Maryland sports betting is getting another retail sportsbook, with BetRivers opening at Bingo World — the state’s first retail outlet outside of a casino. It’s continued growth for betting in the state, but online wagering is still waiting.
Sports betting in Maryland officially gets its sixth sportsbook today — but unlike the previous five, this one won’t be in a casino, as BetRivers has partnered with Bingo World to open the state’s first non-casino retail sportsbook.
A press release to announce the opening highlighted that it covers 3,000 square feet and will feature a lounge area with 32 theater-style seats, bar seating with high-top tables, 21 hi-definition video screens that surround the space, plus streaming BetRivers odds boards, 12 sports wagering kiosks and three over the counter machines to place bets.
Maryland voters overwhelmingly approved (by a 2:1 margin) legal sports betting in the state in November 2020. After voters approved the referendum, the state legislature still had to iron out the details.
In April 2021, Maryland lawmakers passed a sports betting measure that, among other things, allowed for up to 47 retail licenses and 60 mobile licenses. Seventeen of the 47 retail outlets were immediately given the opportunity to apply for a license, including Bingo World.
Five of the six casinos in the state got early approval. MGM National Harbor, Live! Casino, Horseshoe Casino, Hollywood Casin,o and Ocean Downs Casino worked with Maryland Lottery and Gaming Control Agency (MLGCA), which oversees sports betting.
The five were awarded licenses in December 2021 and began sports wagering operations before the end of the year.
Complicated process for BetRivers, Bingo World
Not only did Bingo World and BetRivers have to get approval from the MLGCA, but Bingo World also had to work with the Sports Wagering Application Review Commission (SWARC), which was created by the state legislature.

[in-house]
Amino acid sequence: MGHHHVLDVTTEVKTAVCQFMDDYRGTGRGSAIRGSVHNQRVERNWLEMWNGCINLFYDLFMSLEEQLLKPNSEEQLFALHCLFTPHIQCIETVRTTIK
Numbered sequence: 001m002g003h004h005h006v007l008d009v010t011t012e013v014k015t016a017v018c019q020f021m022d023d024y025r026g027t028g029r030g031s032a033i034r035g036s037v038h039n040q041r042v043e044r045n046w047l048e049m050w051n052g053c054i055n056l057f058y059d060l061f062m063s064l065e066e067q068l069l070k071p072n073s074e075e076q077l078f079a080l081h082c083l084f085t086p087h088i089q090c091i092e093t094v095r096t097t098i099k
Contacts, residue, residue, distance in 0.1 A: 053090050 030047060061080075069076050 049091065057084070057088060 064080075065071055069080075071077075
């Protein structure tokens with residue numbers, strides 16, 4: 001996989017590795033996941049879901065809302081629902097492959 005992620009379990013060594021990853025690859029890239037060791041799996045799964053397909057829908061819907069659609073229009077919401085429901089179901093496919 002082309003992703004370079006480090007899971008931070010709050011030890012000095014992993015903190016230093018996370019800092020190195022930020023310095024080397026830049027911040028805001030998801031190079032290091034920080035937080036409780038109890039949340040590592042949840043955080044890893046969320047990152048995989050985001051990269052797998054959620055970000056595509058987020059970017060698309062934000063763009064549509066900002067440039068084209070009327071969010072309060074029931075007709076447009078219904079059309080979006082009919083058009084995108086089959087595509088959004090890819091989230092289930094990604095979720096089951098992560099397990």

Bingo World applied in February 2022 and received approval the following month. BetRivers got authorization from MLGCA in March.
After Bingo World paid a $250,000 licensing fee and agreed to be taxed 15% on its winnings, they had one more step before they could launch: The facility had to perform a controlled demonstration of its operations, with guests participating in live wagering that was observed by the MLGCA.
Once they overcame that hurdle, Bingo World was ready to launch. The facility will be the first retail sportsbook site outside of a casino… but it won’t be the last. Maryland’s three off-track betting sites — Riverboat on the Potomac, Long Shot’s, and Greenmount Station — have all been awarded licenses but have not yet begun the approval process.
Bingo World is one of approximately 50 places that offer bingo in Maryland, but is the biggest operator in the state. In addition to daily bingo sessions, it also has 200 gaming machines.
Sports betting healthy in Maryland
The June revenue numbers for Maryland saw the five sportsbooks have a handle of $19 million and a $1.3 million hold, based on a report from the MLGCA.
Since launching in December 2021, the five sportsbooks have collected nearly $175 million and reaped $20 million in profit. Live! Casino & Hotel led the five with a $79 million handle and $9 million hold, followed by MGM National Harbor ($52 million handle/$5 million hold), Horseshoe ($26 million handle/$3 million hold), Hollywood ($9.5 million handle/$900,000 hold ), and Ocean ($7.4 million handle/$1.1 million hold).
This is also without mobile wagering, which is still slogging its way through the legislature as the SWARC had held up the process in an effort to make licenses more inclusive to women and minorities.
Gov. Larry Hogan urged SWARC to move forward with online wagering in June. They advanced regulations earlier in July, excluding race and gender-based criteria to obtain a license, following Hogan writing a letter to the members of SWARC in which he was critical of their actions.
“Instead of decisive action to implement the voters’ decision, you have allowed the process to stagnate and become mired in overly bureaucratic procedures that have needlessly delayed the state’s ability to maximize the revenue potential of this emerging industry,” Hogan wrote. “Sports fans in Maryland simply want to be able to place bets on their mobile devices — that’s what they voted for, and they are angry and discouraged over SWARC’s inability to make it happen.”
Hogan’s goal is to have online sports betting available by the start of the NFL season in September — nearly two years since voters approved legalized sports betting in the state — but it’s seeming more and more unlikely that the timeline will be met.